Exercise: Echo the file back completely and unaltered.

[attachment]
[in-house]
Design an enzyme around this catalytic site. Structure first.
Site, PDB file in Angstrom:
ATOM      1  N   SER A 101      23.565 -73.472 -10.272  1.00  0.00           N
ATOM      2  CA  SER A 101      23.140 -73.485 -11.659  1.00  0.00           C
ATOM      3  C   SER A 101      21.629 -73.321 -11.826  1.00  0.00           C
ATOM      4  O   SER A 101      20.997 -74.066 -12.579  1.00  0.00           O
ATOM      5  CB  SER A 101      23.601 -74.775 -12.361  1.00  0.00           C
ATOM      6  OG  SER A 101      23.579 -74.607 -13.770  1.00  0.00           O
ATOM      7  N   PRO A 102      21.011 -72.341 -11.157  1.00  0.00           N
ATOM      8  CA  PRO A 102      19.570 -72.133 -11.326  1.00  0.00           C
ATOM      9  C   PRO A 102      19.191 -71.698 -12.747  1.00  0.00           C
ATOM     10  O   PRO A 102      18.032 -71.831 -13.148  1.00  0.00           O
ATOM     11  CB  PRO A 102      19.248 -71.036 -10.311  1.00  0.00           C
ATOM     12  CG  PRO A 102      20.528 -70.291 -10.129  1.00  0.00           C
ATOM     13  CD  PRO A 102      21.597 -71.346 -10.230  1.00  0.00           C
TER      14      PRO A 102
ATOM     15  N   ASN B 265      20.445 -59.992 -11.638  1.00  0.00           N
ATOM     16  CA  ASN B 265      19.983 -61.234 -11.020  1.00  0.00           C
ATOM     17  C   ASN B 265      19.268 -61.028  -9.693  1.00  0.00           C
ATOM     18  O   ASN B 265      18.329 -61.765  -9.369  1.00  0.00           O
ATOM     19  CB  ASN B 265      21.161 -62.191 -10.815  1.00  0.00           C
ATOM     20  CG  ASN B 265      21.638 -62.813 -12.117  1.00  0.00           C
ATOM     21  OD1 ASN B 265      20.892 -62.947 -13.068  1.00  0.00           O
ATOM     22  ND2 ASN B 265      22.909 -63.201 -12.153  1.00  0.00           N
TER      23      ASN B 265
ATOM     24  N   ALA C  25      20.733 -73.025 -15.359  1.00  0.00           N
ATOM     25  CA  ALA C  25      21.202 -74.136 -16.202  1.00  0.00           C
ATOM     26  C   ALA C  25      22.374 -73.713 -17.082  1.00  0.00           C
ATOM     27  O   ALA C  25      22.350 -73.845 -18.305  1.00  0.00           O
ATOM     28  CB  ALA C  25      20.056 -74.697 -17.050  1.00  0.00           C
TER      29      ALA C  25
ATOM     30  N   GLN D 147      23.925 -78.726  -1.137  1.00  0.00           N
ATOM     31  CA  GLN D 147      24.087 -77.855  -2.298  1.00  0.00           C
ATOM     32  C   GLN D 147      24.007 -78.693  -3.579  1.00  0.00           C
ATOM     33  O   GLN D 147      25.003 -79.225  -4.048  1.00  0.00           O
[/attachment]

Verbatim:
[in-house]
Design an enzyme around this catalytic site. Structure first.
Site, PDB file in Angstrom:
ATOM      1  N   SER A 101      23.565 -73.472 -10.272  1.00  0.00           N
ATOM      2  CA  SER A 101      23.140 -73.485 -11.659  1.00  0.00           C
ATOM      3  C   SER A 101      21.629 -73.321 -11.826  1.00  0.00           C
ATOM      4  O   SER A 101      20.997 -74.066 -12.579  1.00  0.00           O
ATOM      5  CB  SER A 101      23.601 -74.775 -12.361  1.00  0.00           C
ATOM      6  OG  SER A 101      23.579 -74.607 -13.770  1.00  0.00           O
ATOM      7  N   PRO A 102      21.011 -72.341 -11.157  1.00  0.00           N
ATOM      8  CA  PRO A 102      19.570 -72.133 -11.326  1.00  0.00           C
ATOM      9  C   PRO A 102      19.191 -71.698 -12.747  1.00  0.00           C
ATOM     10  O   PRO A 102      18.032 -71.831 -13.148  1.00  0.00           O
ATOM     11  CB  PRO A 102      19.248 -71.036 -10.311  1.00  0.00           C
ATOM     12  CG  PRO A 102      20.528 -70.291 -10.129  1.00  0.00           C
ATOM     13  CD  PRO A 102      21.597 -71.346 -10.230  1.00  0.00           C
TER      14      PRO A 102
ATOM     15  N   ASN B 265      20.445 -59.992 -11.638  1.00  0.00           N
ATOM     16  CA  ASN B 265      19.983 -61.234 -11.020  1.00  0.00           C
ATOM     17  C   ASN B 265      19.268 -61.028  -9.693  1.00  0.00           C
ATOM     18  O   ASN B 265      18.329 -61.765  -9.369  1.00  0.00           O
ATOM     19  CB  ASN B 265      21.161 -62.191 -10.815  1.00  0.00           C
ATOM     20  CG  ASN B 265      21.638 -62.813 -12.117  1.00  0.00           C
ATOM     21  OD1 ASN B 265      20.892 -62.947 -13.068  1.00  0.00           O
ATOM     22  ND2 ASN B 265      22.909 -63.201 -12.153  1.00  0.00           N
TER      23      ASN B 265
ATOM     24  N   ALA C  25      20.733 -73.025 -15.359  1.00  0.00           N
ATOM     25  CA  ALA C  25      21.202 -74.136 -16.202  1.00  0.00           C
ATOM     26  C   ALA C  25      22.374 -73.713 -17.082  1.00  0.00           C
ATOM     27  O   ALA C  25      22.350 -73.845 -18.305  1.00  0.00           O
ATOM     28  CB  ALA C  25      20.056 -74.697 -17.050  1.00  0.00           C
TER      29      ALA C  25
ATOM     30  N   GLN D 147      23.925 -78.726  -1.137  1.00  0.00           N
ATOM     31  CA  GLN D 147      24.087 -77.855  -2.298  1.00  0.00           C
ATOM     32  C   GLN D 147      24.007 -78.693  -3.579  1.00  0.00           C
ATOM     33  O   GLN D 147      25.003 -79.225  -4.048  1.00  0.00           O